Initial interactions between your wares and your prospective customers are often brief and impersonal: a casual mention, a glimpse of use, or an onscreen ad. And – unless your business is already a household word – it’s only when logging into your website that consumers become more familiar with your brand.

That’s why ongoing website optimization is a vital housekeeping task for marketing managers. Regular tweaks ensure that every page performs at its peak, following seasonal trends and adapting to global events.

However, website optimization is very different from website design. The latter is normally a major project focused on going live with the new site, under tight budgets and even tighter deadlines. In contrast, website redesign is an ongoing process, striving to keep pace with constantly changing search engine algorithms and user expectations, as well as new products, new competitors, new markets, and new technologies.

Is Website Optimization Tricky?

Part science, part art, website optimization means continually upgrading your company website, often in almost imperceptible increments. A generous dollop of intuition is needed, weighing past performances against current situations and future forecasts.

Although usually guided by educated guesses, occasional leaps of faith may be needed. However, each of these tiny tweaks intertwine into seamless virtuous cycles that are designed to pump up bottom lines, attracting better quality traffic and driving conversions. Here’s how this endless-loop feedback works:

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Thinking Beyond KPIs

In simple terms, website optimization is the best way of protecting your initial website design and development investments. But that’s just the first step: websites are live interfaces with real people, and must keep pace with consumer preferences and social trends.

This data-steered baby-steps approach requires constant testing and feedback on aspects that include:

  1. User experience (UX): Thanks to high-speed data analytics, visitor behavior can be recorded and analyzed in real time, through a broad variety of channels;
  2. Search engine optimization (SEO): high-scoring keywords change constantly, affected by headlines and seasonal factors;
  3. Conversion rate optimization (CRO): this is split between micro-conversions (signing up for an account, following on social media, adding to a shopping cart) and macro-conversions (downloading apps, getting quotes, or completing purchases);
  4. Page load times and site speeds: One of the page ranking parameters used by Google algorithms, faster is always better, with the highest conversion rates on pages with load times of less than two seconds
  5.  Mobile optimization: mobile users are still converting at barely half the rate of laptop users, despite accounting for over 80% of Facebook browsing and 65% of search traffic;
  6. Anchor links and content lists: these shortcuts take visitors straight to their areas of interest, instead of forcing them to scroll through endless walls of text that are irrelevant to them;
  7. On-Point CTAs: by expressing visitors’ thoughts, CTAs confirm their choices in dynamic language: Sign Me Up Now for this Seminar! rather than a bland Click Here;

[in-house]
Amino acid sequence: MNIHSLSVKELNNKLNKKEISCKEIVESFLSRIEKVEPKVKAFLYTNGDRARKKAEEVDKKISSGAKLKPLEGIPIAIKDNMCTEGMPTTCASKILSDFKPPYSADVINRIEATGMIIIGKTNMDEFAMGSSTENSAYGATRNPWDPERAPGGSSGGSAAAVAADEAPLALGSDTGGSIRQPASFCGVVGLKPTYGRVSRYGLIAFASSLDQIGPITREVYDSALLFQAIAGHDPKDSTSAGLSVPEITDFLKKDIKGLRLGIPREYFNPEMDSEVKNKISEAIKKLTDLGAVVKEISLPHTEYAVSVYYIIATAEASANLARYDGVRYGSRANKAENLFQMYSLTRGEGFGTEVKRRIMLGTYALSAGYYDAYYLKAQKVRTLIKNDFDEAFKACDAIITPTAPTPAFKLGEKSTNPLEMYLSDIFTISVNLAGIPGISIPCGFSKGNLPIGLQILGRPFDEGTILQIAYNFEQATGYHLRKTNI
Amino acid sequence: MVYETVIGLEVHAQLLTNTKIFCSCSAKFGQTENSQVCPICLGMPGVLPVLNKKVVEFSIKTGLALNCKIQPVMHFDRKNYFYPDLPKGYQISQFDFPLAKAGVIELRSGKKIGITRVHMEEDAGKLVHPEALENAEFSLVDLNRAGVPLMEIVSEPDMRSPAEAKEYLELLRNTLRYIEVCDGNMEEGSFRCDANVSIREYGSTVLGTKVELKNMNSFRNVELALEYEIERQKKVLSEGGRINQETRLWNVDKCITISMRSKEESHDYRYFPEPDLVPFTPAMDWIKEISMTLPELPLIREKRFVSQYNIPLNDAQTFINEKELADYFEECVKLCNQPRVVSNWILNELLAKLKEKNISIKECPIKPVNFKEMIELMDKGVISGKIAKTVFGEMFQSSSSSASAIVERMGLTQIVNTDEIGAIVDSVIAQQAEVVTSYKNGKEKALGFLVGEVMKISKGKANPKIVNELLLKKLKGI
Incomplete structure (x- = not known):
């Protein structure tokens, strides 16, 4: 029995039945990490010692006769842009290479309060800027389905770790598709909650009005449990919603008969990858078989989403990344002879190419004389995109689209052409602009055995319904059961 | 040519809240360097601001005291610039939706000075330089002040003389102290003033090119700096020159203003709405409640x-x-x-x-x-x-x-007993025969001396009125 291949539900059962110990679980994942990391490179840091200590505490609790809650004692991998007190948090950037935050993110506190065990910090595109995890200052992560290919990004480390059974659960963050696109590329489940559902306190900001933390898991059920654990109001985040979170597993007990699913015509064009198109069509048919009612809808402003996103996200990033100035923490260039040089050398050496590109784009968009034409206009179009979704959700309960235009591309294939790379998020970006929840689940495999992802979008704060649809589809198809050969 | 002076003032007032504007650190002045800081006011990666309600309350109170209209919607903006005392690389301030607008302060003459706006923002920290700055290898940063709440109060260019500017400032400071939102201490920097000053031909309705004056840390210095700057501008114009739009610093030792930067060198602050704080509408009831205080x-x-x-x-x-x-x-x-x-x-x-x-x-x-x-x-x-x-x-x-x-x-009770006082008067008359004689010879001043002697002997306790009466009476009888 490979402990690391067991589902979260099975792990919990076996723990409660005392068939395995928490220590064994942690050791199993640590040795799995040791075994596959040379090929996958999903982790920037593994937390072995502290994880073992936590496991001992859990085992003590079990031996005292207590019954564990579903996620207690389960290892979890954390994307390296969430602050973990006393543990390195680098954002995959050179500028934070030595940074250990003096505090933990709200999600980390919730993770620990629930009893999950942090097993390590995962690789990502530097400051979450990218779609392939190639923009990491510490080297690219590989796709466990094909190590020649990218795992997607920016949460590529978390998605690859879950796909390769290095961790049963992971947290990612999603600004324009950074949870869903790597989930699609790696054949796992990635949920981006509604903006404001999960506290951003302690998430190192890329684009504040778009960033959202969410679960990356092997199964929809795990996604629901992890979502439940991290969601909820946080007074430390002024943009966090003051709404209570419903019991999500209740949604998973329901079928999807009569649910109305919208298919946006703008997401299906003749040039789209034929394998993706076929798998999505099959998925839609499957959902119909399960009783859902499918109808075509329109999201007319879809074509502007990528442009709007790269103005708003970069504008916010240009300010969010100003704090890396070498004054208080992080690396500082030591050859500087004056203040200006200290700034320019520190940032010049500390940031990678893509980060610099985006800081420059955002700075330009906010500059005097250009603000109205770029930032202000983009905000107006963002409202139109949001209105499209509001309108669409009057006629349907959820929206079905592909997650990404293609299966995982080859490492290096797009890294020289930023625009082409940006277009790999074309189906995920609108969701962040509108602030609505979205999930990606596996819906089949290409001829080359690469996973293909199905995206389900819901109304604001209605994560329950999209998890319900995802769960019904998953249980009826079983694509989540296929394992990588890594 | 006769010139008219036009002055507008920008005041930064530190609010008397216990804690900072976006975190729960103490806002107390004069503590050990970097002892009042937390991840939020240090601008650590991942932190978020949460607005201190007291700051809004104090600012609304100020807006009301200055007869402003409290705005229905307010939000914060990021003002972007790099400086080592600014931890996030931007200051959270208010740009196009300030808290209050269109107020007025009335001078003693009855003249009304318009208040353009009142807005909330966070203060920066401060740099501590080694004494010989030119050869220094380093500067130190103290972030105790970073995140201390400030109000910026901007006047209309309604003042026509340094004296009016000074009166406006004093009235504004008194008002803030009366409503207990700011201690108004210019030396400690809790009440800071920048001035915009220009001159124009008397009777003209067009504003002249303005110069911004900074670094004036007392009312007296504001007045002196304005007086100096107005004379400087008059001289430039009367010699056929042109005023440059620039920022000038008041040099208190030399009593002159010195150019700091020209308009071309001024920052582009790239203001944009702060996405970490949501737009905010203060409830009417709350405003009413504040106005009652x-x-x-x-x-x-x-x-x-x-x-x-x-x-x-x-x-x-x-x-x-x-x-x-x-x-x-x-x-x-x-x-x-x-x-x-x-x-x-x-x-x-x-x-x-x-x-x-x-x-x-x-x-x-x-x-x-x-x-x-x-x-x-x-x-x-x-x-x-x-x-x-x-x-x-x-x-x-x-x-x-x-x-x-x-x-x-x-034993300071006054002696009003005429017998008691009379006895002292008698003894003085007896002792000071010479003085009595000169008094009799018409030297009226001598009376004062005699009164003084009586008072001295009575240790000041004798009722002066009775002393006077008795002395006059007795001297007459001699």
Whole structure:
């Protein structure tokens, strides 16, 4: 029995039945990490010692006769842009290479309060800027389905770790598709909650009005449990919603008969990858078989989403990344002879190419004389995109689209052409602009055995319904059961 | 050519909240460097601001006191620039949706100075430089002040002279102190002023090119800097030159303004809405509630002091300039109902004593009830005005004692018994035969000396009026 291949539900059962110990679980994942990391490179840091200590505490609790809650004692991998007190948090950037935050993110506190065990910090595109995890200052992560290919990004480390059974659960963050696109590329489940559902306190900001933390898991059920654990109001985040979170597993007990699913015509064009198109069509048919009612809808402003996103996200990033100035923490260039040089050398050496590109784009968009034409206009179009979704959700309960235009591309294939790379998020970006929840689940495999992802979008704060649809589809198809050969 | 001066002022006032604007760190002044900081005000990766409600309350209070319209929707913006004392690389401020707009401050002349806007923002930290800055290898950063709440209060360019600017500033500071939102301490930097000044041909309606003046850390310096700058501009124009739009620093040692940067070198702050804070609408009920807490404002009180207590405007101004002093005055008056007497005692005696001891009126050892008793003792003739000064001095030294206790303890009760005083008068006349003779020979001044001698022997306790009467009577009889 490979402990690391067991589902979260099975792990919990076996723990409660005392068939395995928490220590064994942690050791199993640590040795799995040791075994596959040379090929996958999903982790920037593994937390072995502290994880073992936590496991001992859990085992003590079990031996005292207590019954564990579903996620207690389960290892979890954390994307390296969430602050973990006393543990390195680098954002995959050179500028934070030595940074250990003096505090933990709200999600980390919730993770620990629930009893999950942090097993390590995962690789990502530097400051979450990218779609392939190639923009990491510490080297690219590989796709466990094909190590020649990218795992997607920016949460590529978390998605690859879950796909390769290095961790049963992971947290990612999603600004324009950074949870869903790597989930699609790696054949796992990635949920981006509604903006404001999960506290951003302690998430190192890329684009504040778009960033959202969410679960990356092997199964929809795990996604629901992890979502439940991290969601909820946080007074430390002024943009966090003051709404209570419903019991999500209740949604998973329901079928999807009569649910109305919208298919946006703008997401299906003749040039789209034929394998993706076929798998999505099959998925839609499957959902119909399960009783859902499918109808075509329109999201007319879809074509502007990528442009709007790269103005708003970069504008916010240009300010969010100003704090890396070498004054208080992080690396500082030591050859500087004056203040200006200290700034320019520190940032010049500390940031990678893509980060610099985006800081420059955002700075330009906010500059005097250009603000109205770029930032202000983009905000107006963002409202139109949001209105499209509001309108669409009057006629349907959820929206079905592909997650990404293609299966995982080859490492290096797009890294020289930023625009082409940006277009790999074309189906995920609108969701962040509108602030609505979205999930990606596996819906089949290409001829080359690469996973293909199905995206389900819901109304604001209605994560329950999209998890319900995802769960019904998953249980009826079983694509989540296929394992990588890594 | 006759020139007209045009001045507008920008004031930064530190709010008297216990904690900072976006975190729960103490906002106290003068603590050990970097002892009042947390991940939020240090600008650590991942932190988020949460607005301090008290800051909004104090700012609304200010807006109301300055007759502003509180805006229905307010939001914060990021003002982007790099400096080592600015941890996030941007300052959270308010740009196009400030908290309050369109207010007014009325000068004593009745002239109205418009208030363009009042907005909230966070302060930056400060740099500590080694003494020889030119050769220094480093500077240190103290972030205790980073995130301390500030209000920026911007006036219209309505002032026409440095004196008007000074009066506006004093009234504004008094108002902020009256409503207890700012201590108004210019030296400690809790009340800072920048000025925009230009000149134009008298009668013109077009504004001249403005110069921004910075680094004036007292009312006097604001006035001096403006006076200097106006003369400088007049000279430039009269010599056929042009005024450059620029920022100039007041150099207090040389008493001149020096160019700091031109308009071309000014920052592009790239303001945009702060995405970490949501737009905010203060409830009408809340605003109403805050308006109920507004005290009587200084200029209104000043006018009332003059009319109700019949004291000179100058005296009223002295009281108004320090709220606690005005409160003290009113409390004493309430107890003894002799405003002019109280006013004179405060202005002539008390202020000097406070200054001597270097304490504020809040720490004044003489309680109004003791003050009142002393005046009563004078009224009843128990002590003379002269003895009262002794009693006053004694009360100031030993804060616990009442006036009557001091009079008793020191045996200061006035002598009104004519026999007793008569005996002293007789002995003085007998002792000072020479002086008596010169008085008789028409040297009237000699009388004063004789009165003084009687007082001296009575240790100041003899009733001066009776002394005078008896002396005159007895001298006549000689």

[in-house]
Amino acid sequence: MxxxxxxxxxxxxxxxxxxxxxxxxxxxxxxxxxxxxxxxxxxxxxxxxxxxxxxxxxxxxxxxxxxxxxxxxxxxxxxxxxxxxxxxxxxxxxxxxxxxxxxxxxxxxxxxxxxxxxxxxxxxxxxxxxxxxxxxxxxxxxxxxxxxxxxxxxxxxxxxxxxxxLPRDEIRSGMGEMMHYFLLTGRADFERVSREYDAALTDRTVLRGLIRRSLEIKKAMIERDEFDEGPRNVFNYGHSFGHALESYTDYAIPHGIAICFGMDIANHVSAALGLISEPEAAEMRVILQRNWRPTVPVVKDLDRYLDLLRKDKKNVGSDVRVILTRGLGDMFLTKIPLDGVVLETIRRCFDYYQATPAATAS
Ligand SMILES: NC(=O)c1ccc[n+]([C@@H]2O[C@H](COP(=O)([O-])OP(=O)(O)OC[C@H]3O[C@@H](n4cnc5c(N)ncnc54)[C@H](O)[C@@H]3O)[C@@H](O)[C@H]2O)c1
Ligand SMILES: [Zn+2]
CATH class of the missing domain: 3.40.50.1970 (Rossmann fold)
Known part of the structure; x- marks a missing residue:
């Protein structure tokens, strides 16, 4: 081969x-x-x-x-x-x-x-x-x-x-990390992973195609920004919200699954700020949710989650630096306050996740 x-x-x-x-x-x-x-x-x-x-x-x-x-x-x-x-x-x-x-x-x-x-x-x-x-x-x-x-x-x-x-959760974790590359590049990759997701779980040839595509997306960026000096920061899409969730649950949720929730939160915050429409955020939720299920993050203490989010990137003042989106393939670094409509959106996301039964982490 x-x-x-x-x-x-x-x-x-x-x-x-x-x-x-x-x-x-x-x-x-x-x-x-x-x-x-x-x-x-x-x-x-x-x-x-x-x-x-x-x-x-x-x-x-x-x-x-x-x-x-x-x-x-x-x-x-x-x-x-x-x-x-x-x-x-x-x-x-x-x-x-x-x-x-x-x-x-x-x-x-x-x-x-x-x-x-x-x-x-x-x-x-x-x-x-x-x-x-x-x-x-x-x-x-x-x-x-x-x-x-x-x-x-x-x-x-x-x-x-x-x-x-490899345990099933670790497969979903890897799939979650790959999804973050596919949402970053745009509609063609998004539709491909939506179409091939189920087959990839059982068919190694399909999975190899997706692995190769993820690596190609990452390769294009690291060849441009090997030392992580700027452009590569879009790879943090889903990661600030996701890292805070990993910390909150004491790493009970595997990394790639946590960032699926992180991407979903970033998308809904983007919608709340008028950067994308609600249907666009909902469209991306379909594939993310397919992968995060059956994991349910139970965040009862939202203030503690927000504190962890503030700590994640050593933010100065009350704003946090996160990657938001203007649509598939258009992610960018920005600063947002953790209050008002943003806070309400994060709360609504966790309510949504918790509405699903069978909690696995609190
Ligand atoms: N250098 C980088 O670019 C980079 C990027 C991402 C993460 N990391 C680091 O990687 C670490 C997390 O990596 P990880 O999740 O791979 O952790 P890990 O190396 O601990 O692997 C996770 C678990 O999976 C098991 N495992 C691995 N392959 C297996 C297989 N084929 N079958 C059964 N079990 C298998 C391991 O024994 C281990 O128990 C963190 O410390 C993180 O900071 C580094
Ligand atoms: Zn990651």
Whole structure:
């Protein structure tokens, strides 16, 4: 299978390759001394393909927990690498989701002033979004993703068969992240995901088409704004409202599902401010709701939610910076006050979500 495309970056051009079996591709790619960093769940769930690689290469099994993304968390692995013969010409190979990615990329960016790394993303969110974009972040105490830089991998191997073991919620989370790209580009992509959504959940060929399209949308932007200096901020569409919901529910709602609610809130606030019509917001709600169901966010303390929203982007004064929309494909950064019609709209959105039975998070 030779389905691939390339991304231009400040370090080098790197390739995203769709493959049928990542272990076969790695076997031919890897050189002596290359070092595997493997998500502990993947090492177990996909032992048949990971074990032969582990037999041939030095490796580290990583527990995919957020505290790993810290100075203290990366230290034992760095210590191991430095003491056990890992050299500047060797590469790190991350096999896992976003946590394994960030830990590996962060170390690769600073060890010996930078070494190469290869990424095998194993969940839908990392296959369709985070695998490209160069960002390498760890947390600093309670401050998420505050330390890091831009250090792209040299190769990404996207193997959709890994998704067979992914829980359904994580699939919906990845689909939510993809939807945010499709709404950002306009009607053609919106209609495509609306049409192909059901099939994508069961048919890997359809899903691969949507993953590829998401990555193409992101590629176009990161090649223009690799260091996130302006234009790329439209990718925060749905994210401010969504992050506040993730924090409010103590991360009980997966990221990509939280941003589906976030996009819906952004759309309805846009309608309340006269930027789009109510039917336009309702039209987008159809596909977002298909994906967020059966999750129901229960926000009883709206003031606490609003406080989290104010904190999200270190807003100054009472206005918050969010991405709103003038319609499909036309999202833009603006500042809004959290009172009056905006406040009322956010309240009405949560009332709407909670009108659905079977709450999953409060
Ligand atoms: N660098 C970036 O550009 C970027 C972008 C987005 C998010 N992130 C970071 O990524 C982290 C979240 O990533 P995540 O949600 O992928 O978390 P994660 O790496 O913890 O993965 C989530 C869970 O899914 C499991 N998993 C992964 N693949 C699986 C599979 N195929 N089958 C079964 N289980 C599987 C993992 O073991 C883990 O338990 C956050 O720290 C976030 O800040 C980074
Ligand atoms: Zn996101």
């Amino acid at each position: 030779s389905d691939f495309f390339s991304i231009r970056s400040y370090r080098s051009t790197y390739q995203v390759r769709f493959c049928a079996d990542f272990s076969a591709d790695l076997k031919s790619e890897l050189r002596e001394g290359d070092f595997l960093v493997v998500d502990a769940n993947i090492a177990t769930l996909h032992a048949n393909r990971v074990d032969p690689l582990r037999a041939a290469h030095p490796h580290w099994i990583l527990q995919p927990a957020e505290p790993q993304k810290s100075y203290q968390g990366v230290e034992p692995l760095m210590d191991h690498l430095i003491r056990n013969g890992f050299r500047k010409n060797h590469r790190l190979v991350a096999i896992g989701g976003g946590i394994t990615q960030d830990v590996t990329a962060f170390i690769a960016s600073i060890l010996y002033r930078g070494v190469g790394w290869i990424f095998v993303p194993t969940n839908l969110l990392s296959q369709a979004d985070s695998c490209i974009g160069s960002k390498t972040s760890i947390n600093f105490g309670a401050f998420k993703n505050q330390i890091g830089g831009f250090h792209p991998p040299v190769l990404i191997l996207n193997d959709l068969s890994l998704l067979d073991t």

8. Opting for layouts that are clean rather than cluttered: visitors can home in immediately on information they want, showing the brand understands their needs and preferences;
  9. Removing outdated information immediately: nothing says ‘outdated and inefficient’ as clearly as Christmas specials still lingering on January 1;
  10. Keeping pace with technology: consumers want convenience, and that means using the latest fintech to offer multiple payment options, with chatbot avatars supplying 24/7 responses to queries and requests.

Website Optimization Goals

The primary purpose of website optimization is the pursuit of better results. For most businesses, this means attracting more (and better quality) leads, with more conversions and higher direct sales.

Ushering visitors smoothly along the sales funnel requires building up trust and confidence in your brand, underpinned by a website that’s transparently easy to use, with compelling content. This involves three optimization zones:

  • content optimization must speak to consumer needs, while also responding to search engine parameters, both of which are constantly changing;
  • technical optimization encompasses website architecture, loading speeds, and operating functionality, responding to target audience expectations and boosting core web metrics;
  • off-page optimization involves other Internet activities like link building, which play less direct roles in boosting sales.

Pursuing Quality, Not Quantity

Many marketers fall into the KPI trap. Focused tightly on data and ratcheting up key metrics, it’s easy to forget that the main purpose is to drive conversions.

This means checking lead quality with sales staff, and making subtle alterations to each page: perhaps speaking more clearly to target audiences by shifting tone, choosing different keyword combinations, and even gently easing out off-target visitors.

Takeaway: Effective website optimization means walking in a visitor’s shoes through your website, with a sharp eye out for untapped opportunities and underperforming areas. This is how expert website optimizers turn consumer journeys into smooth rides straight to your checkout page.